Weed emergence time and the longevity of weed seeds within the soil play an important role in implementing a timely and effective weed control program. In this study, the seed longevity and emergence pattern of wild oat (Avena fatua L.) and sterile oat [Avena sterilis ssp. ludoviciana (Durieu) Gillet & Magne] were monitored in field conditions. Fresh seeds of A. fatua and A. ludoviciana were placed into nylon bags (50 seeds per bag in three replications for three locations in eastern Australia: Gatton, Narrabri, and St George) and buried at depths of 0, 2, and 10 cm in November 2017. Bags were exhumed at 6-mo intervals over 30 mo to evaluate seed germination, viability, and decay components. The seed decay component of A. fatua and A. ludoviciana followed an exponential pattern. On both the surface and at the 10-cm burial depth, 50% of the seeds of A. fatua and A. ludoviciana had decayed by 6 mo. The seeds of A. fatua persisted longer at 2-cm depth than at other depths, particularly at St George, where 90% of the seeds decayed after the 30-mo study. However, at Gatton and Narrabri, 90% of the seeds of A. fatua at this depth had decayed after 18 mo of burial in the soil. In the emergence pattern experiment (2017 to 2019), the emergence of A. fatua and A. ludoviciana from different burial depths was also studied. The emergence of A. fatua and A. ludoviciana was greater from 2-cm (29% to 36%) and 5-cm (18% to 43%) soil depths compared with the surface (5% to 10%) and 10-cm (3-9%) soil depth. Avena ludoviciana emerged earlier (2,253 growing degree days [GDD]; March 14, 2018) than A. fatua (3,364 GDD; May 23, 2018). Both species exhibited high emergence between May to June 2018, and the last cohort of each species was observed in October 2018. The highest seedling emergence occurred at the start of the winter season (May), which emphasizes the need for early PRE weed control such as tillage, herbicide application, and cover crops to ensure crops are planted in a clean seedbed. The continued emergence of these weeds into the spring season (October) emphasizes the need for extended periods of A. fatua and A. ludoviciana management. The results also suggest that management strategies that can control all emerged seedlings over 2 yr and restrict seed rain in the field could lead to complete control of Avena spp. in the field.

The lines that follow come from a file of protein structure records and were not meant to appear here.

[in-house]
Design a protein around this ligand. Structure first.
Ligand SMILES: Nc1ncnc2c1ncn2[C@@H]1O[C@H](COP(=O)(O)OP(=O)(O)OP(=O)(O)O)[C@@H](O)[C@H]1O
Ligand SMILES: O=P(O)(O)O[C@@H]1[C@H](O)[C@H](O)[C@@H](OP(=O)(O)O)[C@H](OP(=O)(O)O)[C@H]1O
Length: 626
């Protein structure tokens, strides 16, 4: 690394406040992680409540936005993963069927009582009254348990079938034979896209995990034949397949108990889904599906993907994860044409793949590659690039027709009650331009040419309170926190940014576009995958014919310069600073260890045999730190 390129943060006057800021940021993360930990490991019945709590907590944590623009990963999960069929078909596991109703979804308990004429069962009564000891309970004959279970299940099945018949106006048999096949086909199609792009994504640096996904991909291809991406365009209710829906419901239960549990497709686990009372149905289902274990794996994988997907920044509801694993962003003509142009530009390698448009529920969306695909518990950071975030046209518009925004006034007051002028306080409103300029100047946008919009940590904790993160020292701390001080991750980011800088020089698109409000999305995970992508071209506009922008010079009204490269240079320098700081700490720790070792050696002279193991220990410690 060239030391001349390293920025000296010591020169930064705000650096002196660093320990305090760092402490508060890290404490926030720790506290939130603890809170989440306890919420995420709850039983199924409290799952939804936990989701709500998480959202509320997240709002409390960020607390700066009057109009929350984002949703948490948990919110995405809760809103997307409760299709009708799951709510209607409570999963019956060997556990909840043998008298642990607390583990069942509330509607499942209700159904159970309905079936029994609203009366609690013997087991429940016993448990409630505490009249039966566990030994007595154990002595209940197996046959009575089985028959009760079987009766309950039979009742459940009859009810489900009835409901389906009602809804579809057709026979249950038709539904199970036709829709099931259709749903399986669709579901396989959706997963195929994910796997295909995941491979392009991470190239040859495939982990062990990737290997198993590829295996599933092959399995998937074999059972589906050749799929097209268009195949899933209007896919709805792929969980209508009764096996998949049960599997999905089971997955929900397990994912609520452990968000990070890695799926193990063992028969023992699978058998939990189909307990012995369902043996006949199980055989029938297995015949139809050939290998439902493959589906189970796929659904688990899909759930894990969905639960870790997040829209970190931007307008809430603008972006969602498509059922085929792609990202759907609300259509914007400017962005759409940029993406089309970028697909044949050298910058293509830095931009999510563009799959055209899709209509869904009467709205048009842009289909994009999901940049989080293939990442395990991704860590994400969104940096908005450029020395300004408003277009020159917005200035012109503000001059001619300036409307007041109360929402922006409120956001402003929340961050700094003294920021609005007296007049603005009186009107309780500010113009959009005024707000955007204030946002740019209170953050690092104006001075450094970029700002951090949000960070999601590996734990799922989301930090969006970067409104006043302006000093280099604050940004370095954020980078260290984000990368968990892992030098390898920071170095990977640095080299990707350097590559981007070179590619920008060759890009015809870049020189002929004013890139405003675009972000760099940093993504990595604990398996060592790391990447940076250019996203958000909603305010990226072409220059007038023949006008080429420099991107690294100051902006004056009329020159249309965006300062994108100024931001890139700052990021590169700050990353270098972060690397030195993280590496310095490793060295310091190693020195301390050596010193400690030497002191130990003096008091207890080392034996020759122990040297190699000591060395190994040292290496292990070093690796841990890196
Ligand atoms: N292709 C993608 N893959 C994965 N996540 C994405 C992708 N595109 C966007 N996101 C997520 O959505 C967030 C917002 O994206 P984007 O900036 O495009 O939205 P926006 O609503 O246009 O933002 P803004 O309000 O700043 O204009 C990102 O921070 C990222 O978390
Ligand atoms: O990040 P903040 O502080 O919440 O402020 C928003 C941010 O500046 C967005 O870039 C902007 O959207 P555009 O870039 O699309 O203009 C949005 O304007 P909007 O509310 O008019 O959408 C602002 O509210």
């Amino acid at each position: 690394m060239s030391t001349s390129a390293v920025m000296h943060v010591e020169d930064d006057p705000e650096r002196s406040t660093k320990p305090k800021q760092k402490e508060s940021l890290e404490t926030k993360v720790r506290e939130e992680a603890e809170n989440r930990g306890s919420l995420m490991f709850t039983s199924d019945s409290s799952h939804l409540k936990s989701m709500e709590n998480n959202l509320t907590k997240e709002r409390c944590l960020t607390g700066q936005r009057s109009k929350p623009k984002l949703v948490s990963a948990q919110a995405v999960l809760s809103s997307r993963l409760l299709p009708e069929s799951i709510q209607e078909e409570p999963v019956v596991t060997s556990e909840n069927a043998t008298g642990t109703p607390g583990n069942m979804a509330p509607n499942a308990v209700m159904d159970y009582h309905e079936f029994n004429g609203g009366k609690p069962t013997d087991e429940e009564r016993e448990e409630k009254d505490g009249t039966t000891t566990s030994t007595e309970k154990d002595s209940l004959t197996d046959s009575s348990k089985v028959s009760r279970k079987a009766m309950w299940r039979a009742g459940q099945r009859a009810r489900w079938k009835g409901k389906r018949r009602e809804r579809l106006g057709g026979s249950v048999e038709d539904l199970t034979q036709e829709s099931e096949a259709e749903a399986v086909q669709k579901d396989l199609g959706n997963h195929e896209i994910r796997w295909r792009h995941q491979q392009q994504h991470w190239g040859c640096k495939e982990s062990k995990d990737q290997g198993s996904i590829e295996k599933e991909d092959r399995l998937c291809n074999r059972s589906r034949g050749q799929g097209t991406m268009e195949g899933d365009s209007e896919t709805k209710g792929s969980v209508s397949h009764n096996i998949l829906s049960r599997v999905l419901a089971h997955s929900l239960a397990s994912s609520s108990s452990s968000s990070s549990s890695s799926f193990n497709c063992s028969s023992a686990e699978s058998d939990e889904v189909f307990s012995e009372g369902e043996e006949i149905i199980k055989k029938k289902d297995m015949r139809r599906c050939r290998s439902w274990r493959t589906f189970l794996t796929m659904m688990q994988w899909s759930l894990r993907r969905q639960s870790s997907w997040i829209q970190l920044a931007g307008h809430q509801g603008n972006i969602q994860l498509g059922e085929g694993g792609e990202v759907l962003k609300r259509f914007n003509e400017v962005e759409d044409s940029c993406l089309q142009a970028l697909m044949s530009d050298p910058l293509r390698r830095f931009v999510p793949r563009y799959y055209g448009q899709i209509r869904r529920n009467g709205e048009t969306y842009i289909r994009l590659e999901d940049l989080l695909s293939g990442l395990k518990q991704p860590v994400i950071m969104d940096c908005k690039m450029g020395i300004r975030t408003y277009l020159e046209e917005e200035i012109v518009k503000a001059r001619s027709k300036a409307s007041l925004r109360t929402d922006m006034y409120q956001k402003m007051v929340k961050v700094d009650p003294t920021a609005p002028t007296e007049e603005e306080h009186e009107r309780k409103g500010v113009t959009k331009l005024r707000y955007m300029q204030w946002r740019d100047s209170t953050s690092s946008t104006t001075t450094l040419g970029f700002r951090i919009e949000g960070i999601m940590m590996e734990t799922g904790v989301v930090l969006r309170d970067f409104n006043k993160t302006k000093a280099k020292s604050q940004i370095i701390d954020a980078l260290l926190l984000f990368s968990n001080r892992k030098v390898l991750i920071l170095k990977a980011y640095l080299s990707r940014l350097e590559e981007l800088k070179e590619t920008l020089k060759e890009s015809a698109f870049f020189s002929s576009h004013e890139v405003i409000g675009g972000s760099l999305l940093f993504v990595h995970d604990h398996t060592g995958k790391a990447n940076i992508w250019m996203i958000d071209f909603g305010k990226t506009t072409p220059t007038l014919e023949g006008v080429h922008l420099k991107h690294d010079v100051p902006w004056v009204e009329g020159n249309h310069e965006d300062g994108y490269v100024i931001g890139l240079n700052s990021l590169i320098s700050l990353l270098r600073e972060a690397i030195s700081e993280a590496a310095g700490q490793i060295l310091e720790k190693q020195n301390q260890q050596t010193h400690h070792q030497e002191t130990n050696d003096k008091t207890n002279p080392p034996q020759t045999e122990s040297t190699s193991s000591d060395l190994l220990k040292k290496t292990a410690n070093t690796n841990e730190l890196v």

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Vol. 69 • No. 3